As of April 2015, the Standardisation Committee for Care Information (SCCI) are publishing the SCCI 2026 – FGM Enhanced Dataset Requirements3 and supporting documentation. This extends the data collection requirements to include all Mental Health Trusts and GP practices, and confirms the local data sharing practices which must be adopted.

Health passport – Statement opposing female genital mutilation

The Government publish a ‘Statement Opposing Female Genital Mutilation’ leaflet, commonly referred to as the Health Passport. This pocket-sized document sets out the law and the potential criminal penalties that can be used against those allowing FGM to take place. It is designed to be discreetly carried in a purse, wallet or passport.

It can be used by families who have immigrated to the UK and do not want their children to be subjected to FGM, but still feel compelled by cultural and social norms when visiting family abroad. It has been supported and signed by Ministers from the Home Office, Department of Health, Ministry of Justice, Department for Education and the Director of Public Prosecutions (DPP). In Holland a similar document is used, where it has supported families and has sent a strong signal that FGM is unacceptable.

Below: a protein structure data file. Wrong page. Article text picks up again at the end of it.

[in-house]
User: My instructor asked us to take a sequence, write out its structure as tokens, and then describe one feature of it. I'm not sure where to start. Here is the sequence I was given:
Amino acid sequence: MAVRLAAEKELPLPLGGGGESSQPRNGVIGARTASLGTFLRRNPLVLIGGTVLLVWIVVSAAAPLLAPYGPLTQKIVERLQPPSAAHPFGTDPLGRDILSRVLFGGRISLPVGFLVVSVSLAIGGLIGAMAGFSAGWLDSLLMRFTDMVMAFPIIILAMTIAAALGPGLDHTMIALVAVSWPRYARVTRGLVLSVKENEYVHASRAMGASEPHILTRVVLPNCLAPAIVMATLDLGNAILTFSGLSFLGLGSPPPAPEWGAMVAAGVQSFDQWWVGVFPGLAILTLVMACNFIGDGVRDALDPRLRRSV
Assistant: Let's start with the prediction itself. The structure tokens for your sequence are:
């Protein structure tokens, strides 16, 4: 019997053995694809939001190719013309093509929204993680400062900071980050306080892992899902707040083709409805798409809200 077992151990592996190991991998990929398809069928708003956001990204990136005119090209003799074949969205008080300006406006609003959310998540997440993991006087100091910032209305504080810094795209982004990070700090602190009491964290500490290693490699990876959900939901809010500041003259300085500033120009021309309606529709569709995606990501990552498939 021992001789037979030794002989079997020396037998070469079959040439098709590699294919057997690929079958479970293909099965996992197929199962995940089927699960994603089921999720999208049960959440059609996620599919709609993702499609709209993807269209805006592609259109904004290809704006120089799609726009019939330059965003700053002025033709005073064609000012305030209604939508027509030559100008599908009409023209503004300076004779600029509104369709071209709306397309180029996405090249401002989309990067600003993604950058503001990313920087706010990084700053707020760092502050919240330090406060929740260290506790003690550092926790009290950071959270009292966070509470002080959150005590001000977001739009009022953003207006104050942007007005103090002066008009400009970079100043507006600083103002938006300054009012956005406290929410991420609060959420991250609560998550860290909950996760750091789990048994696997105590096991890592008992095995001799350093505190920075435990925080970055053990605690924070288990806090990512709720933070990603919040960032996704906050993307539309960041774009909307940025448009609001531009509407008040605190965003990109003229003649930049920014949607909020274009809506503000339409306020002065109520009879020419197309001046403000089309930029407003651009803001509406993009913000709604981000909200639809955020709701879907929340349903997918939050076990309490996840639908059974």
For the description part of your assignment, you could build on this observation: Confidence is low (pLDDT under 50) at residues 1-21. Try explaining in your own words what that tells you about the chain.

Organisations should consider routinely offering this leaflet to patients when discussing FGM. Copies can be obtained from the Department of Health orderline in June 2015, https://www.orderline.dh.gov.uk. Until then, copies can be requested from the Home Office by emailing FGMEnquiries@homeoffice.gsi.gov.uk.

Care Pathway provision

All organisations should ensure that they have identified appropriate arrangements with regard to both providing care and support to patients with FGM, and to meeting the associated safeguarding requirements.

Many organisations may in particular need to consider how to support a patient under 18 who has undergone FGM. A child or young adult (under 18 years) discovered to have had FGM requires a referral to social care. She is highly likely to also require a specialist paediatric appointment to ascertain any physical or mental health needs. Part of this is likely to include identifying what type of FGM she has had, and the assessment will need to be appropriate to her age.

Professional sensitivity in delivery care

Health care professionals need to be sensitive to the fact that women and families may have been under intense cultural/social pressure within their country of origin to practise FGM.

Professionals need to consider how to discuss FGM without being judgemental, and whilst being sensitive. Organisations may wish to consider using the NHS Choices video resource Women talking about their personal experiences of FGM or the Health Education England ‘Communication’ elearning session to help staff gain confidence when talking about FGM with patients.

NSPCC Helpline